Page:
The answer, in the case of Lallana and Shaw at least, is obvious: because injuries can eventually be vanquished, trauma overcome. The Guardian preview for the imminent games against Spain and Switzerland interrogated Shaw about his return to the national fold, leading with, “Luke Shaw will seek to revive his England career this week after admitting he almost lost his right leg as a result of complications from the horrific injury sustained while playing for Manchester United in the Champions League three years ago.” ‘Admit’ feels, on the face of it, an odd verb to use here, as if Shaw has done something he needs to be shy and ashamed about, owning up to a secret crush or having used the last of the office milk rather than explaining that he almost had a limb amputated because of some impetuous prick from PSV Eindhoven. But then you draw back and realise that it’s not us – the idiot mob – or the press he’s admitting it to, it’s his fellow pros and those around him in the set ups at Manchester United and Gareth’s England.
In another interview this week, the recently retired midfielder Steve Sidwell spoke eloquently about the need to maintain a pretence of painless bullishness in the hyper-competitive atmospheres of changing rooms, not just in the cold-water confines of Lynx Africa Sunday league shower shanties but in elite spaces that only men deemed good enough to represent the likes of Arsenal and Chelsea get to inhabit. “The year I’d had without playing because of injuries was tough,” he said, referring to a spell out due to back surgery and a broken ankle. “You feel disabled in a way because you can’t express the stuff you’ve done for 20 years. I’m lucky I’ve got a very strong family so I didn’t go down the road of depression. But sportsmen close to me have.
“You grow up not wanting to show weakness in a dressing room because the other players will have a different opinion of you. You don’t want to show the gaffer that either because you might not be selected. So you build up a front.” You don’t fear too much for Sidwell, a player who retired at the ripe age of 36 and feels anyway like one of those who’ll go on to make a great manager, purely because he seemed to spend so much of his playing days hiding in plain sight in the game’s upper reaches, a water carrier managed by Arsène Wenger and Jose Mourinho without a full international cap to his name. But when he talks about locking the bathroom door at home to finally let the tears flow for his vanishing career, you start to understand the anxiety that accompanies for all of us The End of Things, how a transition from one phase to the next can symbolise a loss of life and time.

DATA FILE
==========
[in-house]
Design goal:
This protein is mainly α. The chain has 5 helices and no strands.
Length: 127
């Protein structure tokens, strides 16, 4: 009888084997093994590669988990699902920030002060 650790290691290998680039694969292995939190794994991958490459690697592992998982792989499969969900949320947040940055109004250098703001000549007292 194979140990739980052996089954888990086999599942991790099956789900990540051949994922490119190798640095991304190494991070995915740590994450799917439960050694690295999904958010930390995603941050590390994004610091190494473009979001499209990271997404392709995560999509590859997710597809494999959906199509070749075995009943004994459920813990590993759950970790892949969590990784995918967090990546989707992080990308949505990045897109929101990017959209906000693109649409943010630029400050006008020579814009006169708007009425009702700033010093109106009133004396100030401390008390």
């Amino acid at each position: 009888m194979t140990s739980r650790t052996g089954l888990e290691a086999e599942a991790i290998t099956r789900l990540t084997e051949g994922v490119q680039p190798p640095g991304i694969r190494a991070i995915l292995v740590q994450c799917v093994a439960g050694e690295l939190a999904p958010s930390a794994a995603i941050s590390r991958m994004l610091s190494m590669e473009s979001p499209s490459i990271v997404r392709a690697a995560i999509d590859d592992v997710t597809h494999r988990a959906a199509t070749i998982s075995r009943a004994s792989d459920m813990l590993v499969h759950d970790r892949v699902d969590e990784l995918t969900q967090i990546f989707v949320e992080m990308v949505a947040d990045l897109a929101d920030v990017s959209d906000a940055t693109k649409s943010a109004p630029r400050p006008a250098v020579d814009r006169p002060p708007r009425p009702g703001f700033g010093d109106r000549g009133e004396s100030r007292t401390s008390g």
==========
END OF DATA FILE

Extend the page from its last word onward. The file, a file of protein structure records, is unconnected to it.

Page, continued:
In reality, there is still plenty of life and time for laurels to arrive for Shaw, a player about whom there is something endearingly and immutably English, who in his best moments resembles a tyre of cheese careening down a Gloucester hillside, or – as in the glow of his match-winning opening-night post-match chat with Sky – a barely legal Home Counties wingman coming up on his first Original Penguin Ibizan E. He has one of those versatile yet enduring faces, one you could just as easily imagine in A Clockwork Orange or Human Traffic, The Clash or Take That, Love Actually or Love Island. Most of all, he remains a player of immense promise, an ex-most expensive teenager of all time who seems hellbent on proving to Mourinho and the world at large that he is someone who can respond slowly to constant abuse, public humiliation and personal trauma. It’s reassuring in a way to know that even after the flushes of that World Cup run, supporting the England football team can still feel so viscerally like a kind of therapy, a familiar if sepia-tinged return for us and for Shaw and for Danny Welbeck’s Don Henley pedibus to the ongoing and impatient Years of Hurt.